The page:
- Since the Outer Court was where solemn public events were held and the “supreme godly power” and imperial dignity of the emperors were shown, trees were not allowed because they would block the view or ruin the atmosphere of majesty.
- If there were no plants, there would be nowhere for attackers to hide, and there would be a clear line of sight for defense.
4. 24 emperors of China lived in the Forbidden City
Emperor Yongle, the third emperor of the Ming Dynasty, started building it in 1406. It was done in 1420. 14 Ming rulers ruled there until the Manchus took over in 1644. For a few months, the capital was moved to Shenyang.
Soon after, the Qing Dynasty moved the capital back to Beijing, where the Forbidden City was located. From there, 10 Qing rulers ruled until the last one gave up power in 1912, when the Republic of China was formed.
5. The Forbidden City is a Chinese architectural marvel
The Forbidden City has more well-preserved wooden buildings from the Middle Ages than any other place in the world.
Aside from how big the complex is, the design of the building is also amazing. Every part of the building shows elements of traditional Chinese design and the rich culture of China. For instance:
- Except for the “East Glory” Gate (Donghua Gate), all of the gates in the Forbidden City have a nine-by-nine grid of golden door-studs. In Chinese tradition, the number nine means power and eternity.
- Along the ridges of the roofs of the important rooms were rows of statues of celestial animals like dragons, phoenixes, and lions. This was done to bring about wealth and good fortunes.
6. The Palace Museum is one of the largest cultural museums in the world
The Forbidden City, also known as the Palace Museum, houses the world’s best collection of Chinese historical treasures. It is regarded as one of the top museums in the world, with collections spanning thousands of years of Chinese history.
While viewing the complex, visitors can see a beautiful collection of historical relics and buildings. Gardens, courtyards, and treasures of historical value to China and the world are extensively exhibited.
7. Birds cannot settle on Forbidden City roofs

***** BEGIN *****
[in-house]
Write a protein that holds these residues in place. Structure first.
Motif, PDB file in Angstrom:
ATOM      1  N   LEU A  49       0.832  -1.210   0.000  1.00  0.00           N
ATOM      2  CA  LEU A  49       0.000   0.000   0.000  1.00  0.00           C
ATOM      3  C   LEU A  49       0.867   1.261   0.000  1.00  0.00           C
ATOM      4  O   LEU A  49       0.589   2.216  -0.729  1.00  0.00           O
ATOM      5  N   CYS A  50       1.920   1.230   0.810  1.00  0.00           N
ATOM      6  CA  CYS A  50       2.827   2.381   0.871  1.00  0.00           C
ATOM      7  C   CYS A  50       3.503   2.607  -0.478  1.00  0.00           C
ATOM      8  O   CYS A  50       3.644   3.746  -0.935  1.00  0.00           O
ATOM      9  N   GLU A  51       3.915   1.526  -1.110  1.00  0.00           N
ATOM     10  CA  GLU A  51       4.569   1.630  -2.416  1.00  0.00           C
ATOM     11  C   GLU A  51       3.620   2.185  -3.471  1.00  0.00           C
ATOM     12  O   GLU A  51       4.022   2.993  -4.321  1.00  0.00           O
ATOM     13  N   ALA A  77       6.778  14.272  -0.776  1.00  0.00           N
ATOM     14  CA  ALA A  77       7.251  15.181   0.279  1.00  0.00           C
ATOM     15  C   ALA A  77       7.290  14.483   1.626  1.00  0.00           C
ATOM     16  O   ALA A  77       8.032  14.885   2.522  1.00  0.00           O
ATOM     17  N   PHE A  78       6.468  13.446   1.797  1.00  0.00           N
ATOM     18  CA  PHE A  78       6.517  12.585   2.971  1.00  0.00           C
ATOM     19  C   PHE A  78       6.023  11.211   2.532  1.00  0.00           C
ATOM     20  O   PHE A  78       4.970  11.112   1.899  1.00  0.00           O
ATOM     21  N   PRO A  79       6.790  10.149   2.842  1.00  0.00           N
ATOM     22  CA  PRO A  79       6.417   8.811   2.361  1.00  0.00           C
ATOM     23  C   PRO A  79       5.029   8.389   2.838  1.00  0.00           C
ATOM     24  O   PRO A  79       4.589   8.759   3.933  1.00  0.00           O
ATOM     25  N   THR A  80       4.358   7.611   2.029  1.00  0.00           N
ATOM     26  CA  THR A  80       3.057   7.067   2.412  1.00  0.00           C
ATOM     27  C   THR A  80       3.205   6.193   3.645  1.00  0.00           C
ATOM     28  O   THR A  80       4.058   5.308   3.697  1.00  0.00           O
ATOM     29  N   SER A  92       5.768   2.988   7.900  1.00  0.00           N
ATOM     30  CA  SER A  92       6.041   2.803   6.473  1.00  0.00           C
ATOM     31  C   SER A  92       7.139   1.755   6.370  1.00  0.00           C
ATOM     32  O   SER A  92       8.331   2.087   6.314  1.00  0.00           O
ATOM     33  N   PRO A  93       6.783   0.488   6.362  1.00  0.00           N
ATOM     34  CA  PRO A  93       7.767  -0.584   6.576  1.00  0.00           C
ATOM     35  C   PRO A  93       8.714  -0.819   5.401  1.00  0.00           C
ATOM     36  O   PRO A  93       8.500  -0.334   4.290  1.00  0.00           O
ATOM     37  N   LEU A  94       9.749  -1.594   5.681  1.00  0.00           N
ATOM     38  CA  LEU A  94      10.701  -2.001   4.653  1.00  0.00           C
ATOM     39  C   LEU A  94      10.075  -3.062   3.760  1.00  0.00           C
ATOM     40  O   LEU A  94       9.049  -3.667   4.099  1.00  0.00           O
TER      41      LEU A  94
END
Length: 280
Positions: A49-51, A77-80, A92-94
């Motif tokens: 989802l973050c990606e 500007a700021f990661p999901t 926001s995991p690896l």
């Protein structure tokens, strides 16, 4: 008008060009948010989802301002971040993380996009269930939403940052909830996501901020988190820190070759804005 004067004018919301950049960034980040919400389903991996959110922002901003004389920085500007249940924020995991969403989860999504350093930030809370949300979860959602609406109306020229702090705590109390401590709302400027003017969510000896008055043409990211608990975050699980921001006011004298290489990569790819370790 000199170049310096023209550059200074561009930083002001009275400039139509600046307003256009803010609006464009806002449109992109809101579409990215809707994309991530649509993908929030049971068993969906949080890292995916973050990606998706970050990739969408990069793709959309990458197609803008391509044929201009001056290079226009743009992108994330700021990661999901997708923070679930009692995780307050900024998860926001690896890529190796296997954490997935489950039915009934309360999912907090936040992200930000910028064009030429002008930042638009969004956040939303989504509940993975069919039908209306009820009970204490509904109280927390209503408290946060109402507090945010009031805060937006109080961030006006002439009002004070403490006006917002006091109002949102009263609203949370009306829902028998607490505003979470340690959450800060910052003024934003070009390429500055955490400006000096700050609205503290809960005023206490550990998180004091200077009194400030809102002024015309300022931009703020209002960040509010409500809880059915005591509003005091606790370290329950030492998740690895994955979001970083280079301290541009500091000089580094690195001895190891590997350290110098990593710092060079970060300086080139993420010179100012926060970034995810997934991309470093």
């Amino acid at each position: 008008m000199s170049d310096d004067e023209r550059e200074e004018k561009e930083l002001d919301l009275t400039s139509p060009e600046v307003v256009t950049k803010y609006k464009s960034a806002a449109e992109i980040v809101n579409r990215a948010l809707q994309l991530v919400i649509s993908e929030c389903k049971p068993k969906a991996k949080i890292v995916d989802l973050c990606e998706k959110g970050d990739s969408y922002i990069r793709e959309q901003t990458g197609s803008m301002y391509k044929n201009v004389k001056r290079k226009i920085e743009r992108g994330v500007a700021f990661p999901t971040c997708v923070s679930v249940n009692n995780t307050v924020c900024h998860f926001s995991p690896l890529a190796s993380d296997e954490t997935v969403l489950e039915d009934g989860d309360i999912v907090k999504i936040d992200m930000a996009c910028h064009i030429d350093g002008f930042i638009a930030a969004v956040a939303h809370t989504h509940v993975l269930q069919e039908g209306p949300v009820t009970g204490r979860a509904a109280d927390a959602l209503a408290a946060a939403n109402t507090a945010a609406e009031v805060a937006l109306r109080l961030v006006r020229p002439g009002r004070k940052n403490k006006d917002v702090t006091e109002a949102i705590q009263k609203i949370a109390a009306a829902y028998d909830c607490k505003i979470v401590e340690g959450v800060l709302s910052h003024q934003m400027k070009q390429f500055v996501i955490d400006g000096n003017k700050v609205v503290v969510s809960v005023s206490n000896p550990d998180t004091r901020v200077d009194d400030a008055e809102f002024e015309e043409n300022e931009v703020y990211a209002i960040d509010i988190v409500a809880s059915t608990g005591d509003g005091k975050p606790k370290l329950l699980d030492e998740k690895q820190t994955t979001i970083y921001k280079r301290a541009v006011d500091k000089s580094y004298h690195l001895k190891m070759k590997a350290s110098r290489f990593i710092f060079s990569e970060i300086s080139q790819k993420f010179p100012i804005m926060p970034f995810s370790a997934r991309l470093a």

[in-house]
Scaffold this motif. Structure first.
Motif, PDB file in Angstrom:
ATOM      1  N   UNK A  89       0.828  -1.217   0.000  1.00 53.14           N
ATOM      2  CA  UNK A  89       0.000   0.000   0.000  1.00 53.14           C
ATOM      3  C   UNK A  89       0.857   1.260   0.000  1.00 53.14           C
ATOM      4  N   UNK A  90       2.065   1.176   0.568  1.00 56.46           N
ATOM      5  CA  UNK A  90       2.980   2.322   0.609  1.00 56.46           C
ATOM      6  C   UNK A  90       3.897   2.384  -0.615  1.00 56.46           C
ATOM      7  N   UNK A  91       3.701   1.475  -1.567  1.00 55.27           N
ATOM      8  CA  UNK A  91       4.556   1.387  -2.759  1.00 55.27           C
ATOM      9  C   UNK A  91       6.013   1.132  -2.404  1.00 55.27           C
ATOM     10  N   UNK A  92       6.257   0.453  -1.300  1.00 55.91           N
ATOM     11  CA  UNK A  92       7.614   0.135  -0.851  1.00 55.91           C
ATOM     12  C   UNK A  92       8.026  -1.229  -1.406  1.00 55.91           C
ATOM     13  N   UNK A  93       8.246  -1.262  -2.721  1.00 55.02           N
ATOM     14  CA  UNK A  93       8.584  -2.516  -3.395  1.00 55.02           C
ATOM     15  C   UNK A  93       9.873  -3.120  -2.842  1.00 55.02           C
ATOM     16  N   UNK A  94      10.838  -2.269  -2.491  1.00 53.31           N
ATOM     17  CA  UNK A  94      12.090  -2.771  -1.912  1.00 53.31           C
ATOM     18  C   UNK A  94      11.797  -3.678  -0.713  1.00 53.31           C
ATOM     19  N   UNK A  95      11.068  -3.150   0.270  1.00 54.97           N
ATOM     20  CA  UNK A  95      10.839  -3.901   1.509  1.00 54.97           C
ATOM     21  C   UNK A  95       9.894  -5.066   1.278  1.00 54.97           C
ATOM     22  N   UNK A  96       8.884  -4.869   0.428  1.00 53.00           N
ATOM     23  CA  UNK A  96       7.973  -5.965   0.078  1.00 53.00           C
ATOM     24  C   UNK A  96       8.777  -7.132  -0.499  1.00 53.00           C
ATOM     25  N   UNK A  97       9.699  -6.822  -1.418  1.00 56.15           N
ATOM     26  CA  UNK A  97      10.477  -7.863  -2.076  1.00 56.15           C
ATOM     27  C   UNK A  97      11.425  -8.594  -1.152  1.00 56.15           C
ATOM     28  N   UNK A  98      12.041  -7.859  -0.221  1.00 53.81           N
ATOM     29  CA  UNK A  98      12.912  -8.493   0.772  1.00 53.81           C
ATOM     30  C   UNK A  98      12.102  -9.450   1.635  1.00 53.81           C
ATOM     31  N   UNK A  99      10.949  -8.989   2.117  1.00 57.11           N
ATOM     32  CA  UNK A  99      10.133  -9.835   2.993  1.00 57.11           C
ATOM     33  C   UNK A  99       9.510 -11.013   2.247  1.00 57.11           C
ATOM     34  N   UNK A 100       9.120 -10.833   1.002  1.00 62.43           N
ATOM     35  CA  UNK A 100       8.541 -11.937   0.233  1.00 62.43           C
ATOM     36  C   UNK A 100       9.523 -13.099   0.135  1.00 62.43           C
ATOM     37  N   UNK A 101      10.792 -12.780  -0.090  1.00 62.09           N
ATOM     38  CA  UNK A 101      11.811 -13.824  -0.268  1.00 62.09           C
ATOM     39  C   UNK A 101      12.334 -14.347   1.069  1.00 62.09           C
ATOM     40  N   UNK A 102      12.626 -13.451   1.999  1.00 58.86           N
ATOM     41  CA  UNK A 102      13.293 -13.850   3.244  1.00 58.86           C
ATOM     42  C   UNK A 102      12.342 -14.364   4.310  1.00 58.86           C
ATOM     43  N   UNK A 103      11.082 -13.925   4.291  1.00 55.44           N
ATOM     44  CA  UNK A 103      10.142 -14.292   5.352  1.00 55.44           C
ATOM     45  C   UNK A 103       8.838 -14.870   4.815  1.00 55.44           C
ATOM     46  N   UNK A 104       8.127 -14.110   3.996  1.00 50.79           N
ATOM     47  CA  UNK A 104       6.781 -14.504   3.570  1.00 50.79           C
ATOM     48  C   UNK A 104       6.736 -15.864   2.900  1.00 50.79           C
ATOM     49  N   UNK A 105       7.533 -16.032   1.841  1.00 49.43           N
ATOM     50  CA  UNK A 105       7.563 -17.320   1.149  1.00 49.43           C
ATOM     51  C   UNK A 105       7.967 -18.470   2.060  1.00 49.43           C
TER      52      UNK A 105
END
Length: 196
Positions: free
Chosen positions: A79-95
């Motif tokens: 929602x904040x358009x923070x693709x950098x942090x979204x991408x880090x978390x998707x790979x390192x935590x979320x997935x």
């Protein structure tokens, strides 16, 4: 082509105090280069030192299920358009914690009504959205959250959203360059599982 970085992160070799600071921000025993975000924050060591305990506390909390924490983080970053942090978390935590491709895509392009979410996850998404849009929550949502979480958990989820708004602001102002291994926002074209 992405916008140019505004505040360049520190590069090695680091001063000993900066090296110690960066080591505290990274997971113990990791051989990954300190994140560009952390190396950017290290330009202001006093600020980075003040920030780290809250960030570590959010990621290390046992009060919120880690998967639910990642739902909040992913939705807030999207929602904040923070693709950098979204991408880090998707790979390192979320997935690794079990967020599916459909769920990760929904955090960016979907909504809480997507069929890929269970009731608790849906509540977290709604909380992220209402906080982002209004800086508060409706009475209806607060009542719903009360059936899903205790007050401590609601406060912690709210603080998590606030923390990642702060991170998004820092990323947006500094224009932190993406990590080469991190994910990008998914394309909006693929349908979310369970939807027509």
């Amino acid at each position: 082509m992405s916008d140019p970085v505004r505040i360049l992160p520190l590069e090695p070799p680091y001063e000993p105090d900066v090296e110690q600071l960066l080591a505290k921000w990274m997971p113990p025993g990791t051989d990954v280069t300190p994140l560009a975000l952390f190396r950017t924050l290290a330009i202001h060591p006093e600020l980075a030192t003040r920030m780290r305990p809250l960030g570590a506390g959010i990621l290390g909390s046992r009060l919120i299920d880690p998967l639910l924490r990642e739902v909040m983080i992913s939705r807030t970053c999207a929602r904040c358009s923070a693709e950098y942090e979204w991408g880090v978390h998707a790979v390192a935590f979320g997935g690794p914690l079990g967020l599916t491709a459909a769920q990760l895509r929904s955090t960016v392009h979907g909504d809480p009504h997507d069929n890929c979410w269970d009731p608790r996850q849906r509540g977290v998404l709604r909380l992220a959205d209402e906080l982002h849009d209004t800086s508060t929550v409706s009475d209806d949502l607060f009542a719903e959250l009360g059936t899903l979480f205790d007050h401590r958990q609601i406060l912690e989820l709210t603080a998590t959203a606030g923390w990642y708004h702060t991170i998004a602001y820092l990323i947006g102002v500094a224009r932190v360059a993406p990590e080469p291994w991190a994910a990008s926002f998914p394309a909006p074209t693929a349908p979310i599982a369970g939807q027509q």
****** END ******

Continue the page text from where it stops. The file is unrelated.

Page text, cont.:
When touring the Forbidden City, you may notice that there are no birds perched on the roofs. This is due to the unique design of the roofing.
To prevent birds from landing on the roofs and maintain the cleanliness and magnificence of the Forbidden City, the clever craftsmen devised a solution: they raised the slope of each roof and made the roof spine wider than the width between a bird’s claws, preventing birds from landing on the roofs.
The roofs are also built of glazed tile. Because these tiles are so slippery, birds cannot land on them.
8. The hues of the Forbidden City are based on Feng Shui principles
The Forbidden City’s primary colors are red and yellow.
Yellow is the color of the rooftops. Yellow is associated with the earth element in Chinese five elements philosophy, and its orientation in the five elements diagram indicates the center, indicating the emperor’s (on Earth) sovereignty.
The walls and pillars were painted red. Because red denotes fire and earth, the royal family believed that red pillars would provide a sturdy foundation and strong support.
Because of their intended use, several buildings were constructed in a variety of hues. For example, the Wenyuan Pavilion, which is used for book collection, has black tiles and black walls. Because black indicates water and water can resist fire, it was thought to be a good means to keep the collections safe through geomancy.
9. 40% of the Forbidden City remains inaccessible